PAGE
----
Tucson freshman David Zulli has had a pretty awesome few weeks.

The 15-year-old has earned awards at regional and state science fairs and was recently named Arizona’s Military Youth of the Year by the Boys & Girls Clubs.

“I’ve been very blessed these past few weeks,” Zulli said in a telephone interview.

The Youth of the Year awards recognize Boys & Girls Clubs members for their academic performance, contributions to their club and community, and overcoming adversity.

David attends Sonoran Science Academy Davis-Monthan, has a 4.3 GPA, teaches piano lessons, and is an Eagle Scout. He volunteers with his church, and is active in the Boys & Girls Club affiliate on base, Youth Programs, where he is president of the Keystone Club, a character and development program.

“Things matter to him, so he applies himself and he works hard,” said his mother, Cindy Zulli. “It doesn’t really come easy. He gets up every morning sometimes at 4:30 to spin all his plates.”

The award came as no surprise to Youth Programs’ director, Tara Wagner.

“David is a very polite, responsible, dedicated, active young man,” she said. “He’s a very good speaker for his young age. He amazes me, he really does.”

For the speech requirement part of the Youth of the Year application process, David spoke about the challenges of being part of a military family.

“One of the problems associated with being a military child is moving. However, for myself, moving was not the issue, that was the adventure,” David said. “For me, it was trying to restructure my social life, because I have a lot of differences with guys that are my peers. I talked about how I’ve been taunted and pushed down ... and how the Boys & Girls Club accepted me and was a good place.”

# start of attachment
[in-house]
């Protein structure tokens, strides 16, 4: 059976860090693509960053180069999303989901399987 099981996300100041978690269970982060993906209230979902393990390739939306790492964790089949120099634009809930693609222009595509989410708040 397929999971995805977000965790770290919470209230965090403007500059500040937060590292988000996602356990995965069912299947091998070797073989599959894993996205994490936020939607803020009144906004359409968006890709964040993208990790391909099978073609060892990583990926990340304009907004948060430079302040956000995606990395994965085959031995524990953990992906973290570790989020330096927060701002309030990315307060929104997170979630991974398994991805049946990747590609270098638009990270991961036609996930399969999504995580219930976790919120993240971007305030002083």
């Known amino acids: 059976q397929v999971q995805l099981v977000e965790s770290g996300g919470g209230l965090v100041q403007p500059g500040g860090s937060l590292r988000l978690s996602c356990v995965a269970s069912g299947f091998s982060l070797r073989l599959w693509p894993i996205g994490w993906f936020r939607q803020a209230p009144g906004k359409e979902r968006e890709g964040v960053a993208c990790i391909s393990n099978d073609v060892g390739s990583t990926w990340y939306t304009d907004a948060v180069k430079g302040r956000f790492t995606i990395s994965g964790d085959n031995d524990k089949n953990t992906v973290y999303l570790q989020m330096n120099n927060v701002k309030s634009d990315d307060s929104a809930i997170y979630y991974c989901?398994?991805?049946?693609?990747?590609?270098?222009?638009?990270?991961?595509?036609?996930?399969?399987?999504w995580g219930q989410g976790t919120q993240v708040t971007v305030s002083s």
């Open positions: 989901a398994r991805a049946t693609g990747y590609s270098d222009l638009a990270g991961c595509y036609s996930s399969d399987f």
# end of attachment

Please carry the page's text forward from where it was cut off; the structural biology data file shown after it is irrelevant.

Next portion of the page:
His state award came with a $1,000 scholarship prize, which the teen hopes to use to attend Harvard University, where he’d like to study biology.

In May, David will showcase his science skills when he competes in the International Sustainable World Energy Engineering Environment Project Olympiad.

He earned an all-expenses-paid trip to the competition after winning a second-place award at the Southern Arizona Science and Engineering Fair. He also won a third-place award at the Arizona Science and Engineering Fair.

For his project, David studied the growth rate of a green algae, and sought to find out if he could enhance its growth using supplemental illumination to cultivate it for biofuel research.

“Green energy and biofuel research has come to the forefront of the scientific community in terms of trying to create a more sustainable world, so last year I had a really good project, too,” he said. “It was successful. However, it wasn’t the most applicable or relevant in today’s society, so I wanted to do something that was useful and that was sort of keeping up with the trends of science.”

David’s science teacher, Brian Rafacz, called him an “inquisitive high-level thinker” who doesn’t hesitate to help others.

“You’ve got some of those kids out there that are so bright that they sort of leave everybody, including the teacher, kind of blinking,” Rafacz said. “He doesn’t do that. He asks great questions, (is) willing and able to turn in his seat and explain something in a layman’s terms to a student so that they understand it as well.”

Contact reporter Veronica Cruz at vcruz@azstarnet.com or 573-4224.